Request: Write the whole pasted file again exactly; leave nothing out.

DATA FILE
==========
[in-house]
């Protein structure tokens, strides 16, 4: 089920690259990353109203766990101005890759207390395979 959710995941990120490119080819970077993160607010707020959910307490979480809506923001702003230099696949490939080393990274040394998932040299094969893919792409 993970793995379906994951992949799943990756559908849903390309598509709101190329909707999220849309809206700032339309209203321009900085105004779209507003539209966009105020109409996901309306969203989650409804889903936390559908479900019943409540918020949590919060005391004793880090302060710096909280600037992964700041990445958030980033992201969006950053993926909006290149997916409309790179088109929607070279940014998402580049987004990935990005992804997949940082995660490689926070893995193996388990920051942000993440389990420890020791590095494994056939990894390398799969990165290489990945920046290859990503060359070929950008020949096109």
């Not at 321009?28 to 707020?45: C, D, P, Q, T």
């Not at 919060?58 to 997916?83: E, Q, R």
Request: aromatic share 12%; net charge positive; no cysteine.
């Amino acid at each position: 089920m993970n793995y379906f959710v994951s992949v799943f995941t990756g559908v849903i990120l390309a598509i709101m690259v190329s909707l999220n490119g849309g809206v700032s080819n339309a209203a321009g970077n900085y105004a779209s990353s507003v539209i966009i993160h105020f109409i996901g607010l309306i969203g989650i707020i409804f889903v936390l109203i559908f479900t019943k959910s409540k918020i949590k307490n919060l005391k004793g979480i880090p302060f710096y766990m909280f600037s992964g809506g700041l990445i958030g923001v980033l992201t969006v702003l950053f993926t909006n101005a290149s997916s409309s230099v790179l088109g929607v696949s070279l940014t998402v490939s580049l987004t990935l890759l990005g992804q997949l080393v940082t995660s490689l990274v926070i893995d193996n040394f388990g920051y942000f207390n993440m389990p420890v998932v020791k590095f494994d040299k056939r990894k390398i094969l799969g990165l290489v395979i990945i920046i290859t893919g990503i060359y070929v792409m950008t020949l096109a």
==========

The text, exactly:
[in-house]
């Protein structure tokens, strides 16, 4: 089920690259990353109203766990101005890759207390395979 959710995941990120490119080819970077993160607010707020959910307490979480809506923001702003230099696949490939080393990274040394998932040299094969893919792409 993970793995379906994951992949799943990756559908849903390309598509709101190329909707999220849309809206700032339309209203321009900085105004779209507003539209966009105020109409996901309306969203989650409804889903936390559908479900019943409540918020949590919060005391004793880090302060710096909280600037992964700041990445958030980033992201969006950053993926909006290149997916409309790179088109929607070279940014998402580049987004990935990005992804997949940082995660490689926070893995193996388990920051942000993440389990420890020791590095494994056939990894390398799969990165290489990945920046290859990503060359070929950008020949096109």
């Not at 321009?28 to 707020?45: C, D, P, Q, T």
């Not at 919060?58 to 997916?83: E, Q, R």
Request: aromatic share 12%; net charge positive; no cysteine.
């Amino acid at each position: 089920m993970n793995y379906f959710v994951s992949v799943f995941t990756g559908v849903i990120l390309a598509i709101m690259v190329s909707l999220n490119g849309g809206v700032s080819n339309a209203a321009g970077n900085y105004a779209s990353s507003v539209i966009i993160h105020f109409i996901g607010l309306i969203g989650i707020i409804f889903v936390l109203i559908f479900t019943k959910s409540k918020i949590k307490n919060l005391k004793g979480i880090p302060f710096y766990m909280f600037s992964g809506g700041l990445i958030g923001v980033l992201t969006v702003l950053f993926t909006n101005a290149s997916s409309s230099v790179l088109g929607v696949s070279l940014t998402v490939s580049l987004t990935l890759l990005g992804q997949l080393v940082t995660s490689l990274v926070i893995d193996n040394f388990g920051y942000f207390n993440m389990p420890v998932v020791k590095f494994d040299k056939r990894k390398i094969l799969g990165l290489v395979i990945i920046i290859t893919g990503i060359y070929v792409m950008t020949l096109a």